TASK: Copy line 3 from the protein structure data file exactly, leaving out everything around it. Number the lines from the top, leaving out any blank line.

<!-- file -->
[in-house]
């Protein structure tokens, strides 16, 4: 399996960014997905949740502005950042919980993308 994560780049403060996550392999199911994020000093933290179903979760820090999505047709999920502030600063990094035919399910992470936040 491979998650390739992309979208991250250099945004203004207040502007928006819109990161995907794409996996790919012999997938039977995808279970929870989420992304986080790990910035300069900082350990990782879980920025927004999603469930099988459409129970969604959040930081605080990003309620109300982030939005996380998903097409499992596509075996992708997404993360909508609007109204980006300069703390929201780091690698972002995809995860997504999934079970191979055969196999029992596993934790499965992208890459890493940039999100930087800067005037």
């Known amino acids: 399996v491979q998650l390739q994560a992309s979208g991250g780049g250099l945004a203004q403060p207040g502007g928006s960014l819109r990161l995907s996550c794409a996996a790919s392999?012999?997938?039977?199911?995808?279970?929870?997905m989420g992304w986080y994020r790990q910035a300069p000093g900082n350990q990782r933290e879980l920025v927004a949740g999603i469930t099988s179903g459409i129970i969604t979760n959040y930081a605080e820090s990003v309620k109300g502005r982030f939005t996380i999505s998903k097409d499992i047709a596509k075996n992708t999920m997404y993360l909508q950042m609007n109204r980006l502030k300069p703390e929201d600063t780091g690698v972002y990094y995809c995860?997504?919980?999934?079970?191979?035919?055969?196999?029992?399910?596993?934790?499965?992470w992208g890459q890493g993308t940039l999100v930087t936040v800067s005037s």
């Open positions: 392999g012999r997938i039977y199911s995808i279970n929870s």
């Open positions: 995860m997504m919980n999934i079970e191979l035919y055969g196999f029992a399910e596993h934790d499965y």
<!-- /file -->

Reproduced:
């Known amino acids: 399996v491979q998650l390739q994560a992309s979208g991250g780049g250099l945004a203004q403060p207040g502007g928006s960014l819109r990161l995907s996550c794409a996996a790919s392999?012999?997938?039977?199911?995808?279970?929870?997905m989420g992304w986080y994020r790990q910035a300069p000093g900082n350990q990782r933290e879980l920025v927004a949740g999603i469930t099988s179903g459409i129970i969604t979760n959040y930081a605080e820090s990003v309620k109300g502005r982030f939005t996380i999505s998903k097409d499992i047709a596509k075996n992708t999920m997404y993360l909508q950042m609007n109204r980006l502030k300069p703390e929201d600063t780091g690698v972002y990094y995809c995860?997504?919980?999934?079970?191979?035919?055969?196999?029992?399910?596993?934790?499965?992470w992208g890459q890493g993308t940039l999100v930087t936040v800067s005037s």